TEEN GQ?: Are there Maxim readers out there who are latently very GQ? Condé Nast executives will find out this August when 300,000 copies of Fahrenheit, a GQ spin-off pitched at men ages 18 to 24, hits newsstands. And to make sure its tone sounds authentically young, man-of-a-certain age Art Cooper won’t be editing it.
Currently under development as a one-shot test, Fahrenheit takes its name from GQ’s opening spreads. How much more it’ll have in common with its uncle is still up the air, and so is the editor — GQ is apparently searching for a celebrity guest editor whose name will help attract readers’ attention and assure them young fogies aren’t in charge.
A magazine spokeswoman confirmed plans for Fahrenheit are moving forward, but declined comment on specifics and strategy. The latter seems obvious — Fahrenheit, if successful, can capture young men who might otherwise turn to Maxim, Details or FHM and migrate them to GQ a few years later.
— Greg Lindsay
COOPER’S TOWN: Art Cooper had other things on his mind, however, on Wednesday night, when he was inducted into the American Society of Magazine Editors’ Hall of Fame. He shared the bill at the Waldorf-Astoria with Essence founder and CEO Edward Lewis, who was honored with the Henry Johnson Fisher Award from the Magazine Publishers of America.
Cooper felt comfortable enough at the podium to tweak his past and present partners, including GQ publisher Ron Galotti. “I think Si [Newhouse, chairman of Advance Publications] chooses them on the basis of their Rococco nicknames,” Cooper quipped. “Stevie the Bull; Mad Dog…Mr. Big,” referring to, he explained, Steve Florio, Richard Beckman, and Chris Noth. Cooper didn’t sound like a man planning to let go of GQ’s wheel anytime soon, either. “Magazines are my life,” he said. “There is nothing I would have rather done. There is nothing I would rather do.”
Sandwiching the dinner was the real action — schmoozing at the pre-party and GQ’s own afterparty. Time Inc. editors James Seymore and Richard Stolley were seen shaking their heads over Ted Turner’s abrupt resignation from AOL Time Warner that night, while Gruner + Jahr CEO Dan Brewster hadn’t heard the news. He apparently hadn’t heard that Walter Isaccson had quit CNN weeks before, either. He was overheard explaining to guests that he was in the dark on current events after dealing with marital discord in recent weeks.
— G. L.
HE SAID, SHE SAID, US SAID: Last July, Time arts editor Belinda Luscombe talked openly to reporters about an offer from Bonnie Fuller and US Weekly. “They’re throwing around a lot of big numbers,” Luscombe said. “They’re offering me half again my salary — a 50 percent pay increase. Kind of big!”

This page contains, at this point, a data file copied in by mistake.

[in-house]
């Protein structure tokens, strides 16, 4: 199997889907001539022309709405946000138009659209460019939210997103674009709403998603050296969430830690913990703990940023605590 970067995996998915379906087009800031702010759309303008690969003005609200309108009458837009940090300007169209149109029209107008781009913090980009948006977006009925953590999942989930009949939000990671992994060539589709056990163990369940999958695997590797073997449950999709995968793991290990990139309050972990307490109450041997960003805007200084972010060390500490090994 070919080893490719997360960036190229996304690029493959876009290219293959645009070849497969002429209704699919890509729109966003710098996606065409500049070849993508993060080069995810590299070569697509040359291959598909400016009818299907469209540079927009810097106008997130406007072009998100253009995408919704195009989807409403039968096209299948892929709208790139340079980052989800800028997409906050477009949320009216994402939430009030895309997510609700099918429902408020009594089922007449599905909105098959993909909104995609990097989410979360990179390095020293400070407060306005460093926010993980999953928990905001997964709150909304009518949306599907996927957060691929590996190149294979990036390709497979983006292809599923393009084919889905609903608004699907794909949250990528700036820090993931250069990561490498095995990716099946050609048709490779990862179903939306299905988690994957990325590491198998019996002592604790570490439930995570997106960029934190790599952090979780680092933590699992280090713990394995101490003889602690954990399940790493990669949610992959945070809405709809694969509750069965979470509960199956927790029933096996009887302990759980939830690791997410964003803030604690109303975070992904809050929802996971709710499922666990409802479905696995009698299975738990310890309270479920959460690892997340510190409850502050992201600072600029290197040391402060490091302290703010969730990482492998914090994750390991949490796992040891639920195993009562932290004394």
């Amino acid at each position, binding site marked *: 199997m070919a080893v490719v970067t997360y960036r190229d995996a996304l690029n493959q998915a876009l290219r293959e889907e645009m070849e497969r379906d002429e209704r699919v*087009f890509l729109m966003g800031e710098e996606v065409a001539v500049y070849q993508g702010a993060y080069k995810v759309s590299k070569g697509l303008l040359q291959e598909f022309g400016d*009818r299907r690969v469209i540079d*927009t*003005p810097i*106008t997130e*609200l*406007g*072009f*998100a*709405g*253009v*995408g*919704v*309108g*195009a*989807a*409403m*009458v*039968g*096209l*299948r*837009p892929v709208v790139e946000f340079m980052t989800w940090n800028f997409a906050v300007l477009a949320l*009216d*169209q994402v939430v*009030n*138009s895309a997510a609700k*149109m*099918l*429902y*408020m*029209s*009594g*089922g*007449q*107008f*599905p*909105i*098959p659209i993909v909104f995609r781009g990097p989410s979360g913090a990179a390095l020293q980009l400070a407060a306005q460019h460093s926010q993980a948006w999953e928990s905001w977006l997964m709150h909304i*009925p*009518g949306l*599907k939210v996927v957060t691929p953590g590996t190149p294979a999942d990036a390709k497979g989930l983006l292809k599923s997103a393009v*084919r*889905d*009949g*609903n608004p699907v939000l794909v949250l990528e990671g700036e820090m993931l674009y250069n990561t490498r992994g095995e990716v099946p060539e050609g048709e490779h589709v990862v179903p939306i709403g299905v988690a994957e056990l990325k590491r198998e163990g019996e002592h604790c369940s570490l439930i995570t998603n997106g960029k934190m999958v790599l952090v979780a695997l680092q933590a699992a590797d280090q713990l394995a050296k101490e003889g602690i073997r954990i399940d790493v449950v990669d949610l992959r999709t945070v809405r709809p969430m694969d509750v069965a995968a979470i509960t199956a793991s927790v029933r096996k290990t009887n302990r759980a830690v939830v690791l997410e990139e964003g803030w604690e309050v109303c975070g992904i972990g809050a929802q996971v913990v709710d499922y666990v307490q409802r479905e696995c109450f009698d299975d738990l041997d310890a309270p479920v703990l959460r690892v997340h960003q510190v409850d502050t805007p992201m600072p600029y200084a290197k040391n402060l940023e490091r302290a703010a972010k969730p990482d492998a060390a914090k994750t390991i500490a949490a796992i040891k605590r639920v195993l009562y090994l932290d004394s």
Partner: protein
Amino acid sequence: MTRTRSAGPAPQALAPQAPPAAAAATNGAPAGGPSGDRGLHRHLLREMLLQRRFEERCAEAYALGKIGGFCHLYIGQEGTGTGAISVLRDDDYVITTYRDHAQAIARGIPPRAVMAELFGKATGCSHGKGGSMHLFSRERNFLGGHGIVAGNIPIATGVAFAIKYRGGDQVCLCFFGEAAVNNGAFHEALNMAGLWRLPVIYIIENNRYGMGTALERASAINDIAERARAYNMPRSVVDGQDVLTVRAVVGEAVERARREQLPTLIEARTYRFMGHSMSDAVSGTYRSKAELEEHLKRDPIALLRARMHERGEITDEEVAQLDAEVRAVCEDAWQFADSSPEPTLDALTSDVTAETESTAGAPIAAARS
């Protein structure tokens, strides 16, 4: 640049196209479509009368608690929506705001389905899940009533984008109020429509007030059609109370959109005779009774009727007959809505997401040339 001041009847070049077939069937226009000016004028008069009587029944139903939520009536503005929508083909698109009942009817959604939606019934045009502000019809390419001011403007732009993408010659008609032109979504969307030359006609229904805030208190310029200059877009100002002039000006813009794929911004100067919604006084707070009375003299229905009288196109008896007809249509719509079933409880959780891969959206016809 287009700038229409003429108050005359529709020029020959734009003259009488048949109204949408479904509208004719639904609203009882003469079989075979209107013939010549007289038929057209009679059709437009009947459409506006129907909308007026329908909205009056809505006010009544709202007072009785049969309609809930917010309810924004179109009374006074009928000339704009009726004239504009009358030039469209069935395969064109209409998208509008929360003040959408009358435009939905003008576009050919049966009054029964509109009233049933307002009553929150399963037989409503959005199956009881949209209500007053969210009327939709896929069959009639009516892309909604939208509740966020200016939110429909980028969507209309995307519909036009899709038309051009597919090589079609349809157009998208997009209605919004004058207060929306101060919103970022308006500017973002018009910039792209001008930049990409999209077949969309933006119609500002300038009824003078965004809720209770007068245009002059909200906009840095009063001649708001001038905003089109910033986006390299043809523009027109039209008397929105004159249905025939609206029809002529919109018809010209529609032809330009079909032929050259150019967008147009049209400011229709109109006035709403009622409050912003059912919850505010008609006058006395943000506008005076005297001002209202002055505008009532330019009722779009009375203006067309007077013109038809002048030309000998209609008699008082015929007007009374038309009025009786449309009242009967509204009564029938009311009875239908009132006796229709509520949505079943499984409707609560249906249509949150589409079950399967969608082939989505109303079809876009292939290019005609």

There’s just one problem — she was never offered a job. While a high-level source at the magazine acknowledged that Luscombe (like half of New York) had been approached, it was never more than preliminary. This was fine, until Luscombe told The New York Post this again a few weeks ago in a story on Time’s Style & Design issue.
“Our headhunter did an APB,” sniped the source. “They talked numbers with a lot of people. Most people seemed to realize that when a headhunter throws out dollar amounts, in no way is that a job offer.”
On Thursday, Luscombe acknowledged the lack of a formal offer, but characterized the talks differently. “I’d met with Bonnie and Janice [Min] and the next meeting was to be with human resources,” she said. “I’m delighted to clear this up, but as I tried to explain, it was not an offer. There were serious talks. I was as upset as anybody when I saw the articles.” She added, “But I did feel it was a serious meeting and that they wanted me to come on board.”
US Weekly, meanwhile, has filled the consulting editor position on the Fashion Week daily vacated by Brandusa Niro. Fellow Fashion Wire Daily alumnus Joe Dolce will edit it this time around.
— Jacob Bernstein
NYLON FOR GUYS: Boys who can’t wait to sink their teeth into Fahrenheit have a snack waiting for them in March. “Nylon For Guys” will debut as a 50-page outsert polybagged with that month’s issue of the downtown women’s fashion book. Aimed at twentysomethings with Strokes haircuts, the first issue throws Casey Affleck on the cover and fills interior pages with stories on Ducati motorcycles and sneaker spreads. Diesel, Armani Exchange and PRO-Keds have all bought pages, and another outsert is planned for September, while two stand-alone issues are on the drawing board for 2004. “It’d be fun if this became a 10-times a year magazine,” said editor Marvin Scott Jarrett.
He added that “the outsert is profitable” while the parent magazine “is close to breakeven,” which is certainly a relief to the creditors of the notoriously hesitant-to-pay magazine.
— G. L